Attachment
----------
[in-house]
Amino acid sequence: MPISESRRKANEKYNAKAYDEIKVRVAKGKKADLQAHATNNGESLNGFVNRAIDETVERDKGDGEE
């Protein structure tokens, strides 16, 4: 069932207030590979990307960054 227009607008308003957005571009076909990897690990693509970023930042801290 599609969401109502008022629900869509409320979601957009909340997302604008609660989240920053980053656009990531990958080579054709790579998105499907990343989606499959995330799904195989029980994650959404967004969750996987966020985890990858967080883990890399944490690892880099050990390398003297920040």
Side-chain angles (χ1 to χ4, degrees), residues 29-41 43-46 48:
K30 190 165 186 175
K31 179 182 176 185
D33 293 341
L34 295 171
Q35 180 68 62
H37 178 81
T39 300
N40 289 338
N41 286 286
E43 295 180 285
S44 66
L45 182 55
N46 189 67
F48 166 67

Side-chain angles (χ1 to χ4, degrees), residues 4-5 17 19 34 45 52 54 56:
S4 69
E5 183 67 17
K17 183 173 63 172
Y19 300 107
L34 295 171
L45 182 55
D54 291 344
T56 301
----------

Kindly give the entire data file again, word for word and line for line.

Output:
[in-house]
Amino acid sequence: MPISESRRKANEKYNAKAYDEIKVRVAKGKKADLQAHATNNGESLNGFVNRAIDETVERDKGDGEE
């Protein structure tokens, strides 16, 4: 069932207030590979990307960054 227009607008308003957005571009076909990897690990693509970023930042801290 599609969401109502008022629900869509409320979601957009909340997302604008609660989240920053980053656009990531990958080579054709790579998105499907990343989606499959995330799904195989029980994650959404967004969750996987966020985890990858967080883990890399944490690892880099050990390398003297920040």
Side-chain angles (χ1 to χ4, degrees), residues 29-41 43-46 48:
K30 190 165 186 175
K31 179 182 176 185
D33 293 341
L34 295 171
Q35 180 68 62
H37 178 81
T39 300
N40 289 338
N41 286 286
E43 295 180 285
S44 66
L45 182 55
N46 189 67
F48 166 67

Side-chain angles (χ1 to χ4, degrees), residues 4-5 17 19 34 45 52 54 56:
S4 69
E5 183 67 17
K17 183 173 63 172
Y19 300 107
L34 295 171
L45 182 55
D54 291 344
T56 301